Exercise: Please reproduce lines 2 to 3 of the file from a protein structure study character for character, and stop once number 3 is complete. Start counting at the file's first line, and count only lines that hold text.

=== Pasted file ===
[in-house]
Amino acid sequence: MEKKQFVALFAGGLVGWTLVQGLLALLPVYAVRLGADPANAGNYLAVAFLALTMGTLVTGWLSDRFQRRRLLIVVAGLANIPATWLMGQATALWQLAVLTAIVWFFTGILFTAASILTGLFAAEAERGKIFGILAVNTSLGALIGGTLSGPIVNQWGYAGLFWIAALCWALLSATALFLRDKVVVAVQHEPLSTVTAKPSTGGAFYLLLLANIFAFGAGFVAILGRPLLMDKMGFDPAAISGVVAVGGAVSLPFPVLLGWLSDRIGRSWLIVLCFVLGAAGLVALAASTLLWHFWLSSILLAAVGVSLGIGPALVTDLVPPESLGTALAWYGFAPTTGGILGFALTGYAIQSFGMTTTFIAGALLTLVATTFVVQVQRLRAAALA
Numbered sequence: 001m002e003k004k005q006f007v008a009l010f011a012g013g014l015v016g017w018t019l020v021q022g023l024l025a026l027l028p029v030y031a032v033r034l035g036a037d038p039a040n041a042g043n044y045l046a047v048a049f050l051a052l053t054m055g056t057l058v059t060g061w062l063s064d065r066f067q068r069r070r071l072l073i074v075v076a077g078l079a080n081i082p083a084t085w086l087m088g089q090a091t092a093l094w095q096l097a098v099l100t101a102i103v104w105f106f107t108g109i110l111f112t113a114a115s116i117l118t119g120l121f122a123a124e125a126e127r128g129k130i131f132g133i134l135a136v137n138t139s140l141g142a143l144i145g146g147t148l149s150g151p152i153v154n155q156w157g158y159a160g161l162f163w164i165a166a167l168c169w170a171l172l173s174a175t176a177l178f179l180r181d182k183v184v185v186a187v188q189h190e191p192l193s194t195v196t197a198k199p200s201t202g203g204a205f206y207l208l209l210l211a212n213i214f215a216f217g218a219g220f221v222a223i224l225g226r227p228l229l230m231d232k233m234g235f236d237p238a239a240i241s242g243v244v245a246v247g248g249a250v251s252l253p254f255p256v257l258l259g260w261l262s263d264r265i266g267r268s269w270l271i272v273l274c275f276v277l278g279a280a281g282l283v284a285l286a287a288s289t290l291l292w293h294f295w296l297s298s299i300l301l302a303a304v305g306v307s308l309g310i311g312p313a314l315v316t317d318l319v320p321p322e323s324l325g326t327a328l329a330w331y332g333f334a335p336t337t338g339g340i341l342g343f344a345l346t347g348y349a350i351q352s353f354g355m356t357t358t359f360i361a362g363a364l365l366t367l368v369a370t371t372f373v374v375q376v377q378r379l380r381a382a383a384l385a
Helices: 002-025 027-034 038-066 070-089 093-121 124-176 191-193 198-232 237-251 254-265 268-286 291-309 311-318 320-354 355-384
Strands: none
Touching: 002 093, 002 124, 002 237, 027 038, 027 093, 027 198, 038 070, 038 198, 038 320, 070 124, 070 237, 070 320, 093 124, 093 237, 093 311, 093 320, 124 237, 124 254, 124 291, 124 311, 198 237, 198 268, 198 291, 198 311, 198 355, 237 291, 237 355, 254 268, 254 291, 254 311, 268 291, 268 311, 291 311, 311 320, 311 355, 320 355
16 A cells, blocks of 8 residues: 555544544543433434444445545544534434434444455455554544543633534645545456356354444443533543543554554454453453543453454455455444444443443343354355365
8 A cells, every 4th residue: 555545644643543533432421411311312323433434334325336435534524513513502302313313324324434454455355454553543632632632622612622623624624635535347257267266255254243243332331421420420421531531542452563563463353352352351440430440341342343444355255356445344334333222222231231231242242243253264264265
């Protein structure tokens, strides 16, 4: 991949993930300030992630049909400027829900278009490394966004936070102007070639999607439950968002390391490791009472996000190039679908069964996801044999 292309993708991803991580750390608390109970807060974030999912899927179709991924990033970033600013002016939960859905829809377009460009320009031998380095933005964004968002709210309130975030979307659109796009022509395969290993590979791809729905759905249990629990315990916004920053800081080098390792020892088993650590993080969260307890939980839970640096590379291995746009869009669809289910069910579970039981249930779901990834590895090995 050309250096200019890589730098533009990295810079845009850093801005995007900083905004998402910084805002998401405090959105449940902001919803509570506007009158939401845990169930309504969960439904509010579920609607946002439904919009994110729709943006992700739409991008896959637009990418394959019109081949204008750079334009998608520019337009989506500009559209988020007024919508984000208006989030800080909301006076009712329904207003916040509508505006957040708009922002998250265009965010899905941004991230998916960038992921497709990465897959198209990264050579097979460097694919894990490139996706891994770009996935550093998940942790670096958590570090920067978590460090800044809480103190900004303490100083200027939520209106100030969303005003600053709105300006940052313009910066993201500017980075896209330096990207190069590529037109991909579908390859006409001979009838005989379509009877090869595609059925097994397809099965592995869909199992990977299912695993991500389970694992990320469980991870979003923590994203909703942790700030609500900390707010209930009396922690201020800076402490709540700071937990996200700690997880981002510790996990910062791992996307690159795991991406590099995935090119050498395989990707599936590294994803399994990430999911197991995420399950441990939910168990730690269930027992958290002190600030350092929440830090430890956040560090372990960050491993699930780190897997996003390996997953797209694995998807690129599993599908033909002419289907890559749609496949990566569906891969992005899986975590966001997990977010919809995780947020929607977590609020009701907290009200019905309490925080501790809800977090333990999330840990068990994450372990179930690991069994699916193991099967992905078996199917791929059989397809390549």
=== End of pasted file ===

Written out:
Amino acid sequence: MEKKQFVALFAGGLVGWTLVQGLLALLPVYAVRLGADPANAGNYLAVAFLALTMGTLVTGWLSDRFQRRRLLIVVAGLANIPATWLMGQATALWQLAVLTAIVWFFTGILFTAASILTGLFAAEAERGKIFGILAVNTSLGALIGGTLSGPIVNQWGYAGLFWIAALCWALLSATALFLRDKVVVAVQHEPLSTVTAKPSTGGAFYLLLLANIFAFGAGFVAILGRPLLMDKMGFDPAAISGVVAVGGAVSLPFPVLLGWLSDRIGRSWLIVLCFVLGAAGLVALAASTLLWHFWLSSILLAAVGVSLGIGPALVTDLVPPESLGTALAWYGFAPTTGGILGFALTGYAIQSFGMTTTFIAGALLTLVATTFVVQVQRLRAAALA
Numbered sequence: 001m002e003k004k005q006f007v008a009l010f011a012g013g014l015v016g017w018t019l020v021q022g023l024l025a026l027l028p029v030y031a032v033r034l035g036a037d038p039a040n041a042g043n044y045l046a047v048a049f050l051a052l053t054m055g056t057l058v059t060g061w062l063s064d065r066f067q068r069r070r071l072l073i074v075v076a077g078l079a080n081i082p083a084t085w086l087m088g089q090a091t092a093l094w095q096l097a098v099l100t101a102i103v104w105f106f107t108g109i110l111f112t113a114a115s116i117l118t119g120l121f122a123a124e125a126e127r128g129k130i131f132g133i134l135a136v137n138t139s140l141g142a143l144i145g146g147t148l149s150g151p152i153v154n155q156w157g158y159a160g161l162f163w164i165a166a167l168c169w170a171l172l173s174a175t176a177l178f179l180r181d182k183v184v185v186a187v188q189h190e191p192l193s194t195v196t197a198k199p200s201t202g203g204a205f206y207l208l209l210l211a212n213i214f215a216f217g218a219g220f221v222a223i224l225g226r227p228l229l230m231d232k233m234g235f236d237p238a239a240i241s242g243v244v245a246v247g248g249a250v251s252l253p254f255p256v257l258l259g260w261l262s263d264r265i266g267r268s269w270l271i272v273l274c275f276v277l278g279a280a281g282l283v284a285l286a287a288s289t290l291l292w293h294f295w296l297s298s299i300l301l302a303a304v305g306v307s308l309g310i311g312p313a314l315v316t317d318l319v320p321p322e323s324l325g326t327a328l329a330w331y332g333f334a335p336t337t338g339g340i341l342g343f344a345l346t347g348y349a350i351q352s353f354g355m356t357t358t359f360i361a362g363a364l365l366t367l368v369a370t371t372f373v374v375q376v377q378r379l380r381a382a383a384l385a